Mad At Moodle? 5 Tips for Moodle Novices

Moodle Novices

So, your school, college, company decided they need eLearning on Moodle, and you were put in charge. How difficult can that be? Or, maybe you found yourself in a job role where working with Moodle is your first introduction to eLearning, and you are struggling with the user-unfriendliness of this popular LMS? If you find yourself creating courses in Moodle, here are the key five pointers to keep in mind.

5 Tips for Moodle Novices

Whatever the situation be, a lot of people new to instructional design start off on Moodle, and find themselves grappling with the cryptic, curt personality that Moodle greets you with. Having helped a few of my friends with the Moodle Madness, I thought may be a few general design guidelines were in order for complete starters. If you find yourself creating courses in Moodle, here are the key five pointers to keep in mind.

  1. Start with the structure
    Moodle has a hierarchical structure. Activities or Resources belong to Topics, which belong to a course that is housed in a category. So think about how you want to organize your information so the hierarchy makes sense. For example, a lesson on Hair Care for dogs might go in a Topic about Grooming, which will be part of a wider course, “Dog Owners 101”. All similar courses will be housed in one category- which in this case may be Pet Care. Of course if you don’t need this hierarchy, you don’t have to use it. But a well-organized eLearning makes sense to learners, and makes it easier for us to manage it!
  2. Choose your Resources/Activities wisely
    Moodle comes out-of-box with an impressive array of options to use. You could choose to house your content in a lesson, book, folder or a page. Assess the learners through choice, assignments, feedback, quiz, reach out to them via News Forum, chat, Label. Need more functionality- explore Glossary or a survey. For a starter, the options can be confusing. Here are my suggestions:

    1. If your content is multimedia or interactive, or sits well in a single screen length, consider using page. This creates a simple webpage, and is easiest to create and manage.
    2. If you need to deliver multiple pages worth of content, consider lesson. Lesson is a multi-page activity, where you can define custom paths, embed question pages, and generally provide learner some choice as per their learning route.
    3. Book activity makes sense if you have considerable amount of data that should be organized as an e-book. One great advantage of Book is that learners can print off the whole book in one go, unlike the lesson.
    4. Quizzes in Moodle are easy to create, especially if you are familiar with GIFT format. Simple multiple choice or free text assessments are good to go through the quiz.
    5. However, if you need the students to upload something, considerassignments for greater flexibility.
  3. Look closely at the settings
    A lot of power that Moodle has is hidden in that small gear button besides everything you create. Different settings can result in significantly different user experiences. For example, quiz settings can provide adaptive questions, immediate feedback, certainty based marking and so on… How lessons appear, what does the user see, can they mark an activity complete, when does an activity become available- these are all options hidden in the settings. If you are new to Moodle, take the time and effort to play with it, so you learn the functions of each little option on the settings page.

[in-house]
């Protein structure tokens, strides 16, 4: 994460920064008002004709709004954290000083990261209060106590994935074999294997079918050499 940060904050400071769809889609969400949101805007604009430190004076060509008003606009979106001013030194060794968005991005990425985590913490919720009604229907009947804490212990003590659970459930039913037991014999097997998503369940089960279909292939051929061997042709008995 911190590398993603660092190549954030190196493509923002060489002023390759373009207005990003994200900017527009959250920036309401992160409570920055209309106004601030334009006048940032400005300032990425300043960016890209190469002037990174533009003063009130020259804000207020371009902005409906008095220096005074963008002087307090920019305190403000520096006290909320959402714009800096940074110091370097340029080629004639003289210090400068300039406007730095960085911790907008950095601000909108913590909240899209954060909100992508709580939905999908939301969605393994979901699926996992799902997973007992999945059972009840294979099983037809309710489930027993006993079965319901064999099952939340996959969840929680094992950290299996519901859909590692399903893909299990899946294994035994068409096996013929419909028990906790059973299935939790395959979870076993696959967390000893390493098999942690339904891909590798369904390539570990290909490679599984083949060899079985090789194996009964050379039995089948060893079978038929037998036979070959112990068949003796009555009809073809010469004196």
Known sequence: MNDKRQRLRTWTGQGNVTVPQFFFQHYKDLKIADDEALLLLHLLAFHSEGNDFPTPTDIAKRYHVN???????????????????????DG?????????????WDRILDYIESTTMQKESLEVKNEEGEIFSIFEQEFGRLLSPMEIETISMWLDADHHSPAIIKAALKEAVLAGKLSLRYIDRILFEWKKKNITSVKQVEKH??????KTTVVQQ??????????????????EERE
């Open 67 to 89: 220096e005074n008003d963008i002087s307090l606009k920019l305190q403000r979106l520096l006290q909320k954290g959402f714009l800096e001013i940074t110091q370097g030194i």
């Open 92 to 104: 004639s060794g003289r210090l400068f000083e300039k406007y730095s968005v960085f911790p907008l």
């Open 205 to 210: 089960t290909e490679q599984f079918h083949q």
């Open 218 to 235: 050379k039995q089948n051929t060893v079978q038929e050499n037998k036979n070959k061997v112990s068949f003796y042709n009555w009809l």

4. Make it jazzy, make it branded. The homepage
    There is no excuse to implement Moodle with it default FrontPage. Unfortunately there is not too much of freedom here for a non-programmer, but you still have some leeway in terms of how your LMS will look without paying a single penny to a programmer. You could choose from one of the many themes that come pre-packaged with the LMS, and change the default look and feel. The FrontPage has a “general Summary of Site” section that you can jazz up with images and all.. The web has a number of lovely Moodle implementations to take inspiration from. We, as instructional designers, and as adult learners, know how much appeal does good design has in learning. Let’s not let Moodle’s unfriendliness ruin it for our learners.
  5. Language Pack – you have the power
    This is a gem that stays hidden for a long time for a lot of Moodle Managers, The language tab in site administration lets you download the language pack for your installation of Moodle. This is a one-time activity. And then, you can customize the language Moodle uses to interact with your users. The errors, the site messages like change passwords, etc. can all be customized to say exactly what you want to say. Even choose an alternate login page if you are up to it using the customizations!!

There are plenty of tricks and capabilities Moodle offers that you can use to enrich your and your learners experience. Use these tips as a starting point to your journey. Bon voyage!

first published in eLearning at

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